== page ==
There are plenty of companies that specialize in hosting trivia nights. They will provide all of the necessities, including questions, sound systems, materials, a host, and everything else needed. All that’s required from you is a suitable venue. Unfortunately, these companies will also come with a price tag that will eat into some of the profits from your trivia night. If you’re willing to put in a little extra work, you can keep that extra money for the business.
If you decide to host yourself, it’s important to have an engaging host. If there’s a particularly outgoing employee, this might be the perfect job for them. Trivia nights can be more than a host asking questions into a microphone. A host that can joke and interact with the contestants will help set the tone for the evening.
3. Choose a Theme
Perhaps the most important step in setting up a trivia night is choosing the theme.
The theme will determine what type of audience your event will attract, the amount of people it will attract, and how successful it will be against competing trivia nights in other bars in our area.
Consider the following questions when choosing a theme:
- What is trendy in your community and pop culture overall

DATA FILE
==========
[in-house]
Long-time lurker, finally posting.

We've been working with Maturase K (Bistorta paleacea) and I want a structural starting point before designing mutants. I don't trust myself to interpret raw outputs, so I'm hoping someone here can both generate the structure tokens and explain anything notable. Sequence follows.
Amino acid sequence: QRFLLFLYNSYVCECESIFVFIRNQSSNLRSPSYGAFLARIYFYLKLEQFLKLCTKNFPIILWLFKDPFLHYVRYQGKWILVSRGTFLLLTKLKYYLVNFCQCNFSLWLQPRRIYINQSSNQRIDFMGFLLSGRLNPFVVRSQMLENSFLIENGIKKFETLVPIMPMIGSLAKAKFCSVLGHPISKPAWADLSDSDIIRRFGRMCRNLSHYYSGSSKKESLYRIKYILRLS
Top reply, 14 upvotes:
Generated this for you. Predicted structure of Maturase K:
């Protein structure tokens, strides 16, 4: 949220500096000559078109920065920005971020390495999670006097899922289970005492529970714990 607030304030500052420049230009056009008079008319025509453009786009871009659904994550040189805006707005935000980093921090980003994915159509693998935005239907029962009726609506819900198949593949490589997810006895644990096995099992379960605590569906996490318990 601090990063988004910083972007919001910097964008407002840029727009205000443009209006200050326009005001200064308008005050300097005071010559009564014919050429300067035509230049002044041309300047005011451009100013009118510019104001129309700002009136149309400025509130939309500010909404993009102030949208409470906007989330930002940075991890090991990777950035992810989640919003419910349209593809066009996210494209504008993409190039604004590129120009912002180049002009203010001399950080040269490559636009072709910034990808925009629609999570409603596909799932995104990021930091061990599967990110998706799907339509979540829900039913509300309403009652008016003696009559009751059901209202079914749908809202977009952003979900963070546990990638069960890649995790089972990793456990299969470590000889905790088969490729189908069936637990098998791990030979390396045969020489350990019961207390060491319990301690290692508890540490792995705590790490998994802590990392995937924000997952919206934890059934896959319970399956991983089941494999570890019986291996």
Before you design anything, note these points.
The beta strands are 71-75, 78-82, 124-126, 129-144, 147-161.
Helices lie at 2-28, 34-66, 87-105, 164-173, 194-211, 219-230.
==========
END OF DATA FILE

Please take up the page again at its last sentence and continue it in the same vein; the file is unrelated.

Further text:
- What other local bars are theming its trivia nights
- What themes match your bars aesthetic
Jump to our trivia theme ideas section in this article to see six of the most fun trivia night theme example to drive patrons to your bar.
4. Pick a Format
The next step in putting together a trivia night is to determine how the game will be run. There are major ways of formatting a trivia night:
The easiest way to host a trivia night is to use the classic pen and paper method. Teams will write their responses on a slip of paper and turn their answers into the host. Once all answers have been submitted, the host will reveal the answer and tally the scores. For this method, it might be a good idea for the host to schedule different rounds and tally up the scores while teams take a break.